On a much smalleryet stillmeaningfulscale, in August 2009 Team Inc. disclosedthat an internal investigation conducted by FCPA coun-sel found evidence suggesting payments totaling$50,000 over a five-year period in its Trinidad branch (abranch representing approximately one-half of 1 per-cent of the company’s overall revenue) may have vio-lated the FCPA.
7
In October, the company disclosedthat its total professional costs associated with the in-vestigation have risen to approximately $3.2 million.
8
These two examples of pre-enforcement action profes-sional fees raise the question of whether FCPA inquir-ies and investigations (even as to conduct limited inscope) legitimately result in extensive professional feesor whether, in the name of cooperation, FCPA inquiriesand internal investigations have turned into a boon-doggle for many involved.Big describes not only corporate FCPA enforcementin 2010 but individual FCPA enforcement as well. Whilethe enforcement agencies’ FCPA programs remainlargely corporate enforcement programs, 2010 did wit-ness the largest-ever coordinated individual enforce-ment action in the FCPA’s history as 22 ‘‘executives andemployees of companies in the military and law en-forcement products industry’were charged with en-gaging in a scheme to ‘‘pay bribes to the minister of de-fense for a country in Africa.’’
9
The FCPA sting enforce-ment action was not only big but bold and bizarre aswell. As to bold, the enforcement action was not thefirst time DOJ had used undercover tactics in an FCPA enforcement action, but the Africa sting case was cer-tainly the most dramatic, with nearly all of the defen-dants being arrested while attending a trade show inLas Vegas after months of surveillance and monitoringby the FBI. As to bizarre, Richard Bistrong, a personwho had already pleaded guilty to separate FCPA viola-tions, assisted the FBI in concocting a scheme in whichFBI agents posed as representatives of an imaginaryGabonese minister of defense whom the defendants al-legedly intended to influence with improper payments.The past year also witnessed a big individual sen-tence, the longest in the FCPA’s history. While a cleartrend emerged in 2010 of sentencing judges signifi-cantly rejecting DOJ sentencing recommendations in
2
DOJ’s figure does not include the $400 million fine paid byBAE Systems Plc (a non-FCPA enforcement action), and theSEC figure does not include the $50 million the commission as-sessed, but waived, against Innospec based on its claimed in-ability to pay.
3
DOJ press release,
Department of Justice Secures MoreThan $2 Billion in Judgments and Settlements as a Result of Enforcement Actions Led by the Criminal Division
(Jan. 21,2011).
4
See
Joseph Rosenbloom,
Here Come the Payoff Police
,American Lawyer (May 17, 2010) (quoting William Jacobson).
5
See
FCPA Blog,
Recent Cases, Foreign Companies Domi-nate New Top Ten
(Jan. 5, 2011). This ranking includes theBAE enforcement action.
6
Avon Products Inc., Form 10-Q filing (Oct. 28, 2010).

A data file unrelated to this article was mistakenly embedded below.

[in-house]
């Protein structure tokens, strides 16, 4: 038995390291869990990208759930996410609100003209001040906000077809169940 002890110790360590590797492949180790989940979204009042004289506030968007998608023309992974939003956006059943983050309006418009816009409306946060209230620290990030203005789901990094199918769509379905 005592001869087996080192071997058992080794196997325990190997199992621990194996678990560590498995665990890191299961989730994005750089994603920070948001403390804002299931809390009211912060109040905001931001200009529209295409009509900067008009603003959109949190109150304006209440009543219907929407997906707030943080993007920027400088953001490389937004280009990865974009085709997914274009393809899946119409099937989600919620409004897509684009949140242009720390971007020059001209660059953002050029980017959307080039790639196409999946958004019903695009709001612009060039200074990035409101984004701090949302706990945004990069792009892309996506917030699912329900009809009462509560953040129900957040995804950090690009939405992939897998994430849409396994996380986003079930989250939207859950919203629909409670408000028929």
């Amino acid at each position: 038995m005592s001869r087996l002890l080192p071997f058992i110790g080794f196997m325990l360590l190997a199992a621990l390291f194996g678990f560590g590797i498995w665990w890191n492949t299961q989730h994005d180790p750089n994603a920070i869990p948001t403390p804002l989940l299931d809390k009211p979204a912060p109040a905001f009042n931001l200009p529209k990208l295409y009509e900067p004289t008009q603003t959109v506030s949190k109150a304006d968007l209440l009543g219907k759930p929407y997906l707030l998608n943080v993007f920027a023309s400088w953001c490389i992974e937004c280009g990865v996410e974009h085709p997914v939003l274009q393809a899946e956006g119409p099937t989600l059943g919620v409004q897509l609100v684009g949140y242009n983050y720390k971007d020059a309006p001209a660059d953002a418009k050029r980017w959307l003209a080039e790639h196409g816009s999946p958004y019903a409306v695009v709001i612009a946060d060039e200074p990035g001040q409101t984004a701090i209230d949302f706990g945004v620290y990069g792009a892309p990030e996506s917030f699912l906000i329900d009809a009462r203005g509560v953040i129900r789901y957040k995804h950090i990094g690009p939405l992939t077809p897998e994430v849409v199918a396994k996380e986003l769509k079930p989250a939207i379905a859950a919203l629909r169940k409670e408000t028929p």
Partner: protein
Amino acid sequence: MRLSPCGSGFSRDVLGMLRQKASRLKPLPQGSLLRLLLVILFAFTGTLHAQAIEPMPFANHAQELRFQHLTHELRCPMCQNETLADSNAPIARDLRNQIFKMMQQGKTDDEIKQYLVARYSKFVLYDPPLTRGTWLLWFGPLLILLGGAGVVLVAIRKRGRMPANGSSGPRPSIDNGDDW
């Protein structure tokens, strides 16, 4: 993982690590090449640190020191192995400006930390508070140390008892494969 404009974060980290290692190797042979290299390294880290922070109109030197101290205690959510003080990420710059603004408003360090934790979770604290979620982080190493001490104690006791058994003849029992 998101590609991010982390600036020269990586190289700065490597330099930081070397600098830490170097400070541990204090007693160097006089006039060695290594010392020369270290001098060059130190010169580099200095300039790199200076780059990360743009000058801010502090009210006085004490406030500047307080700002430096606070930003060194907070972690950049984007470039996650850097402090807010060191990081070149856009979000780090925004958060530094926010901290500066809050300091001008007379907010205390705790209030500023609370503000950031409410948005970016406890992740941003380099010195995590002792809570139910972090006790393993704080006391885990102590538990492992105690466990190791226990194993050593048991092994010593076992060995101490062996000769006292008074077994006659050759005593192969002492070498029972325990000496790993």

7
Team Inc. Form 8-K filing (Aug. 4, 2009).
8
Team Inc. Form 10-Q filing (Oct. 8, 2010).
9
See
5 WCR 62 (1/29/10); DOJ press release,
Twenty-TwoExecutives and Employees of Military and Law EnforcementProducts Companies Charged in Foreign Bribery Scheme
(Jan.19, 2010).
2
2-25-11 COPYRIGHT
2011 BY THE BUREAU OF NATIONAL AFFAIRS, INC. WCR ISSN 1559-3185
 
individual prosecutions and sentencing individualFCPA defendants to approximately one year in prison,Charles Jumet’s sentence was an outlier. In April, Ju-met was sentenced to 87 months, which included 60months on a conspiracy to violate the FCPA charge and27 months on a false statements charge in connectionwith $200,000 in improper payments to Panamanian of-ficials to receive a lighthouse and buoy contract.
10
Bold
FCPA enforcement in 2010 was also bold as the en-forcement agencies, largely enforcing the statuteagainst cooperating defendants and without any mean-ingful judicial scrutiny, continued to push the envelopein terms of enforcement theories.For instance, a key element of an FCPA anti-briberyviolation is the involvement of a ‘‘foreign official,’’ de-fined as ‘‘any officer or employee of a foreign govern-ment or any department, agency, or instrumentalitythereof.’’ The enforcement agencies continue to inter-pret this key element, contrary to congressional intentin enacting the FCPA, to include employees of allegedstate-owned or state-controlled enterprises (often enter-prises with publicly traded stock, doing business allover the world, and possessing other attributes of pri-vate business) on the theory that the enterprise is an‘‘instrumentality’’ of a foreign government. In 2010, ap-proximately 60 percent of corporate FCPA enforcementactions involved (in whole or in part) employees of SOEsan enforcement theory that also impacted sev-eral related individual prosecutions in 2010.The ownership threshold for what constitutes an SOEin the enforcement agencies’ view dropped as well in2010. In the Alcatel-Lucent enforcement action, theSEC and DOJ charged that Telekom Malaysia Berhad(TM) was a state-owned and controlled telecommunica-tions provider because the Malaysian Ministry of Fi-nance owned approximately 43 percent of TM’s shares,had veto power over all major expenditures, and madeimportant operational decisions.